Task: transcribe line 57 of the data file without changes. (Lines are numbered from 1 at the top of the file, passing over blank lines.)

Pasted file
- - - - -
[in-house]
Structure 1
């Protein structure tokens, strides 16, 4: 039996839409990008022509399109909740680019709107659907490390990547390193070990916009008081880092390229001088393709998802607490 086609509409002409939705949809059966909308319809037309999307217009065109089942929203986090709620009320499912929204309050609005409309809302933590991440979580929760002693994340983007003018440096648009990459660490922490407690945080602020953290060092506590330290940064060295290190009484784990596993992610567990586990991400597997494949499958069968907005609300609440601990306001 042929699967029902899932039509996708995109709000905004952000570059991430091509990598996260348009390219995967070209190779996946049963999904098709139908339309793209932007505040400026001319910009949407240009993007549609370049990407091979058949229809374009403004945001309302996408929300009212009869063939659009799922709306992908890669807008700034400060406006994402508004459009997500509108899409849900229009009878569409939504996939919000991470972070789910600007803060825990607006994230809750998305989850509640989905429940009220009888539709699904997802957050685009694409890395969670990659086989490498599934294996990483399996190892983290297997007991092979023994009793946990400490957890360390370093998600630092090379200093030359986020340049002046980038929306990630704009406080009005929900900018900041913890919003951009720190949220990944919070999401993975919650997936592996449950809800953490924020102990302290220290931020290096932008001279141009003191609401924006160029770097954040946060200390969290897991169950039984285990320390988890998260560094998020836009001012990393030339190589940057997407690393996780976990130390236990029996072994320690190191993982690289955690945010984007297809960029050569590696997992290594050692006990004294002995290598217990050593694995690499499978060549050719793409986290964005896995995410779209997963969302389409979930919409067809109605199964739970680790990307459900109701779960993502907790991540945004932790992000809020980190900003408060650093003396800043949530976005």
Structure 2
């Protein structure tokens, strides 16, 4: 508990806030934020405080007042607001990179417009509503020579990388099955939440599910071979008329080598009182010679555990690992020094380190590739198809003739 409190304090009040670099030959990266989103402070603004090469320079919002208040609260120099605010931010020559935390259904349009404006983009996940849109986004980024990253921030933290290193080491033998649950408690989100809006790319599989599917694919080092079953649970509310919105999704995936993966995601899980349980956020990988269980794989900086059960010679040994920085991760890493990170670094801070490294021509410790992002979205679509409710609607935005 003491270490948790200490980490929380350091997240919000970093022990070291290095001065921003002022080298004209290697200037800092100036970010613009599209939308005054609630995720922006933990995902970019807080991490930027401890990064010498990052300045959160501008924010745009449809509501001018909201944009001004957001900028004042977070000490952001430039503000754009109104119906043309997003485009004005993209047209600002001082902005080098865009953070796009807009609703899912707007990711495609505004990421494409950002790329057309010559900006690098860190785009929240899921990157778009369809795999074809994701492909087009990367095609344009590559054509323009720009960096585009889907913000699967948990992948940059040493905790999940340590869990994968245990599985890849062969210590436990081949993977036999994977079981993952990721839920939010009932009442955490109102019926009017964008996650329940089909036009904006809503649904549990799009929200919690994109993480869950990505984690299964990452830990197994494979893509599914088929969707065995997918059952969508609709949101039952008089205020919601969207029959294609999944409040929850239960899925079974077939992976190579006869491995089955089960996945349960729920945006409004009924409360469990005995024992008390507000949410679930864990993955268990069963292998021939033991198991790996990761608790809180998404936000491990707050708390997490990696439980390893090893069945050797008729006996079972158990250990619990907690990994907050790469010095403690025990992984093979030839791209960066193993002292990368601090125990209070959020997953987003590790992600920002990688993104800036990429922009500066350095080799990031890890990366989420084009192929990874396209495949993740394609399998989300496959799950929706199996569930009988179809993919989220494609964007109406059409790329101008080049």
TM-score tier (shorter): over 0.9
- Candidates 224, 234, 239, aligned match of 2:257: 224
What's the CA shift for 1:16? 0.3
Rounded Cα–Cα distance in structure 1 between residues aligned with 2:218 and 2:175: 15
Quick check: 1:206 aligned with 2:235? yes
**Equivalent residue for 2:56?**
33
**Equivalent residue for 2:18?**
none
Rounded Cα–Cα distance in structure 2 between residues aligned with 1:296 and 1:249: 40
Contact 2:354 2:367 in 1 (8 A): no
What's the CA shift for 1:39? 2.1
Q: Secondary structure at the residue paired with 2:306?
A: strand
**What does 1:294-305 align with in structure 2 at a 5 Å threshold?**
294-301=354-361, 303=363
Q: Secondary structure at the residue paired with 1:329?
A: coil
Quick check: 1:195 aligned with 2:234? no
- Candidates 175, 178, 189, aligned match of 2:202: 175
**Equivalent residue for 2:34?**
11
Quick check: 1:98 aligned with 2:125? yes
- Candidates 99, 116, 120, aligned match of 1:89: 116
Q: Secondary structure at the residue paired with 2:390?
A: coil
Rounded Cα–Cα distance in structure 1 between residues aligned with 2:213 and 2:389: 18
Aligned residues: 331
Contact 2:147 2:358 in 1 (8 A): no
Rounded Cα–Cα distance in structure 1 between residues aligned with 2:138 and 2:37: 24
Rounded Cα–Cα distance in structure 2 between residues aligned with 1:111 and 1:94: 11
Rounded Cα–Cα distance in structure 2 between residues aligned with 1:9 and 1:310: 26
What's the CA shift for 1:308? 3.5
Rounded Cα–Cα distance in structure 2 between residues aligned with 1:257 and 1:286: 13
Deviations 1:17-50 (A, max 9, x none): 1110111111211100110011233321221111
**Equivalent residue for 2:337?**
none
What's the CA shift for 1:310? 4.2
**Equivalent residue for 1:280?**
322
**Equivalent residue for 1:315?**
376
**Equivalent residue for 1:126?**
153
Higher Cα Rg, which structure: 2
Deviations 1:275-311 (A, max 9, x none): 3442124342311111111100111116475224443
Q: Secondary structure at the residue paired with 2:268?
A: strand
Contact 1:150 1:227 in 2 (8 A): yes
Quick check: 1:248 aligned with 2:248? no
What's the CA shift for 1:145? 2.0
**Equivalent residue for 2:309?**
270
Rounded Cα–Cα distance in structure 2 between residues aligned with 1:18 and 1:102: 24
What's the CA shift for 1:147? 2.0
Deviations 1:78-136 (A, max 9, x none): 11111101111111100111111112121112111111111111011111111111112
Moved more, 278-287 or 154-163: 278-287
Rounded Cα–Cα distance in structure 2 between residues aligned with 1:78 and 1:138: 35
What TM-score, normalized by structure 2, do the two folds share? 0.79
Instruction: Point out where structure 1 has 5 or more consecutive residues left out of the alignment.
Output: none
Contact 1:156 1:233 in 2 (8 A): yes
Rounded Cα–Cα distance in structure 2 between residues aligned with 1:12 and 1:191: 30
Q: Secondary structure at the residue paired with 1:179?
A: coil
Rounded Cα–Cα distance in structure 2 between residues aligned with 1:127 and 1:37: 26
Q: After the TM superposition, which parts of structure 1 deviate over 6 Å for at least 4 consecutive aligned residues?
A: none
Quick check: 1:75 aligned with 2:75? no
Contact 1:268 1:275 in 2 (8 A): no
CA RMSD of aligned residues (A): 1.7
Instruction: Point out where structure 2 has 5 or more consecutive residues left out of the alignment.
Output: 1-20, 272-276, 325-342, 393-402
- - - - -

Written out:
**Equivalent residue for 2:309?**